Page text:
Carey Wedler – July 28, 2019
States across America are reforming policies on civil asset forfeiture, the controversial practice by which police seize property from citizens, often without even charging them with a crime.
According to the National Conference of State Legislatures, at least 11 states — California, Connecticut, Iowa, Minnesota, Missouri, Montana, Nevada, New Hampshire, Ohio, Oregon, and Vermont — have passed laws banning law enforcement from seizing property from people who have not been convicted of a crime, while three states — North Carolina, New Mexico, and Nebraska — have abolished civil forfeiture entirely.
Civil Asset Forfeiture in Hawaii
Hawaii’s lawmakers attempted to join the trend, but this week were met with a veto from Democratic Governor David Ige.
House Bill 748, introduced by Democratic representatives, would have limited police to seizing property only in cases where a felony conviction has been issued (within the practice of civil asset forfeiture, it is actually the property that is “convicted”). As the bill’s authors wrote in their introduction to the legislation,
The legislature finds that civil asset forfeiture frequently leaves innocent citizens deprived of personal property without having ever been charged or convicted of any crime. This amounts to government-sponsored theft.
According to the Institute for Justice (IJ), Hawaii is one of the worst-ranked states for civil asset forfeiture practices. In the second edition of its “Policing for Profit” report, the organization gave the state a grade of “D-” for its “low standard of proof,” which requires “only that the government show by a preponderance of the evidence that property is tied to a crime.” IJ also cited the heavy burden placed on citizens to prove they are not connected to the alleged crime tied to the forfeiture.
Hawaii’s current policy gives 100 percent of the funds and seized property to law enforcement, including state and local police, as well as prosecuting attorneys and the attorney general. HB 748 would have shifted some of the confiscated money and income generated from the sale of forfeited property to a general state fund to reduce the financial incentives police and prosecutors have to seize property and pursue convictions.
Very Profitable Practice for Law Enforcement
Indeed, Hawaiian law enforcement profits immensely from the practice. According to IJ’s report, between 2000 and 2013, law enforcement seized a total of $17,244,129 worth of currency, automobiles, and other property. Hawaii News Now reported in 2015 that the Honolulu Police Department was sitting on $15 million of extra funds thanks to the practice, either from cash seizures or the profit they generate from selling confiscated property. Despite this surplus, by April of that year, the department had spent only $37,000 of their holdings, instead petitioning the Honolulu City Council for $2.6 million to pay for new police cars, motorcycles, and surveillance cameras.
Considering how lucrative civil asset forfeiture is, it should come as no surprise that, as the Hawaii Civil Beat reported, the Honolulu Police Department, the Honolulu Prosecutor’s Office, and the Department of the Attorney General all opposed the reform bill. “We are confident that property is being seized and forfeited fairly and equitably and the abuse present in other jurisdictions simply does not exist here,” the Honolulu Prosecutor’s Office told the legislature.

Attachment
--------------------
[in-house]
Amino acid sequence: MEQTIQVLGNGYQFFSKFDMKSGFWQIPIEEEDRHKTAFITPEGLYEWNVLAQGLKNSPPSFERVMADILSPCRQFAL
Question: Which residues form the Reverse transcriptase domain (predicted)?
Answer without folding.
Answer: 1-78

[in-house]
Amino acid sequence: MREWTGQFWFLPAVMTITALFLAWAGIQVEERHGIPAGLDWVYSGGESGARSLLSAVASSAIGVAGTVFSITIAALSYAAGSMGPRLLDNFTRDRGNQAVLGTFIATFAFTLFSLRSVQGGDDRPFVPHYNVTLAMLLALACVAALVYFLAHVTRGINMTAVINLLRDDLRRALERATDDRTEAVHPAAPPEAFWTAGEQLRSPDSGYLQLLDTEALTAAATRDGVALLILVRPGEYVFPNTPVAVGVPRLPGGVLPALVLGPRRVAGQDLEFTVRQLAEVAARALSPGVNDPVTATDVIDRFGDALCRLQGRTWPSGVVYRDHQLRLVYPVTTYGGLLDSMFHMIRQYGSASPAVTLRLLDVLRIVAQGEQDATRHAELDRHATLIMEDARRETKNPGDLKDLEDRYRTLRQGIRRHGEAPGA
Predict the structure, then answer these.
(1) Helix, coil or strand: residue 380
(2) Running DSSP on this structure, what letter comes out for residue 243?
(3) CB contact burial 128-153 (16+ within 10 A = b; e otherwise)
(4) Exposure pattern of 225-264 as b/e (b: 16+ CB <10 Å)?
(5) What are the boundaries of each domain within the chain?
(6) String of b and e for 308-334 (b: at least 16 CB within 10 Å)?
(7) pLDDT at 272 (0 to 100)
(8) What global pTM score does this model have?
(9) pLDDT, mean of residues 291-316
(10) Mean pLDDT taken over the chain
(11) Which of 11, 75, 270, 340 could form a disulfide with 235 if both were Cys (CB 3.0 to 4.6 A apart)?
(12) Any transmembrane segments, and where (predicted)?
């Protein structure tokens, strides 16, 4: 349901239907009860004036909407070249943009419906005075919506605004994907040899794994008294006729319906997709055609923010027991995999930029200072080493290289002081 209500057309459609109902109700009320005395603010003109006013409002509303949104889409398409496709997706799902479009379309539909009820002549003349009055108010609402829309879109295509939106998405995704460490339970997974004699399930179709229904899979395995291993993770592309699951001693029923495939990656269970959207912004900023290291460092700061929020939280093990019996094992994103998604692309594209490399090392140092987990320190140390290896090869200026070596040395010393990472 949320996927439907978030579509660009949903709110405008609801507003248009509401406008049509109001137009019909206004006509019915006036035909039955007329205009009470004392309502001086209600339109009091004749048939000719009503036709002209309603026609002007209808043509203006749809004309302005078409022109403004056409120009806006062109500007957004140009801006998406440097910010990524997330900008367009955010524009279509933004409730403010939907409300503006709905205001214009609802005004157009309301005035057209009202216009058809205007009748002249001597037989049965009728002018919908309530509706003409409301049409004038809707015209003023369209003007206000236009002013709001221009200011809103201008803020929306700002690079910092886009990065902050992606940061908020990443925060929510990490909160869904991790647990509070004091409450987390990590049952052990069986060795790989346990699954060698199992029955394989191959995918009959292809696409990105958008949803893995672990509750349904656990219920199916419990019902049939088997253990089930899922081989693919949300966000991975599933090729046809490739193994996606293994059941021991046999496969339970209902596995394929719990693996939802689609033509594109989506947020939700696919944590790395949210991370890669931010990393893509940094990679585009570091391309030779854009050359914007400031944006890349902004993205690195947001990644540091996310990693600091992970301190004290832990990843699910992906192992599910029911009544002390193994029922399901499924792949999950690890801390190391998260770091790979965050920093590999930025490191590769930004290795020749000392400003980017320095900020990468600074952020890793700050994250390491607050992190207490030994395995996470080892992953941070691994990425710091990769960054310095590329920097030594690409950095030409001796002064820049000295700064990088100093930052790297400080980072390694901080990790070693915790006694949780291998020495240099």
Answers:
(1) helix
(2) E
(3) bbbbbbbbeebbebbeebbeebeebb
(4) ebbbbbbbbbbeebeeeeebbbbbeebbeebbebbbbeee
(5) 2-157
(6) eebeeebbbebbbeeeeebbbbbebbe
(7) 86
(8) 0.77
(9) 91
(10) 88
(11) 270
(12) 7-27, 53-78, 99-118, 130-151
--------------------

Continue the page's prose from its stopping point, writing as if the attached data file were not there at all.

In his veto explanation, Governor Ige echoed a similar refrain, claiming the state already has enough safeguards to prevent abuse. But supporters of the now-rejected bill disagree.
Addressing Ige’s perspective, which he also expressed last month prior to his official veto, Carl Bergquist, executive director of the Drug Policy Forum of Hawai’i, said:
The notion that there is no abuse of civil asset forfeiture here in Hawai’i is quaint. Last year’s audit reveals that there have been neither oversight nor rules in place to protect property owners from such abuse when it does occur.
According to data from a 2018 state audit analyzing seizures in 2015, in 26 percent of cases, no criminal charges were filed. In 4 percent, the charges were dismissed, meaning nearly one-third of civil asset forfeitures were conducted against people who had not been convicted or charged with a crime.
“They took a whole bunch of assets from legally innocent people,” said Rep. Joy San Buenaventura, who sponsored HB 748. “It’s basically legalized theft by the police, and that’s wrong.”
Bergquist argued that a
[felony] conviction requirement would give police pause before going after low-hanging fruit, and it should be a bare minimum to uphold another notion, one eternal rather than quaint, due process.
That same audit also found the Attorney General had mismanaged forfeiture funds and failed to allocate a portion of them to drug prevention problems as required by law.
It is well-documented that civil asset forfeiture disproportionately affects minorities and the poor. Data from cities around the country from San Diego and Las Vegas to Chicago reflect that, as a 2018 research paper published in the Journal of Criminology and Public Policy noted, “civil forfeitures are disproportionately used against minorities and individuals with limited financial resources to challenge forfeiture actions.”
With Ige’s veto of the legislation, which Bergquist says mirrors reform enacted in other states, Hawaii will continue to deny its citizens due process and make a profit in the process.
In the 2018 Supreme Court case Timbs v. Indiana, justices ruled unanimously that the Eighth Amendment’s ban on excessive fines applies to states, as well, which will likely have implications for practices such as asset forfeiture. Further, as IJ notes, since 2014, 33 states and Washington, DC, have implemented reforms.
Image Credit: Staff Sgt. Jackie Sanders [public domain]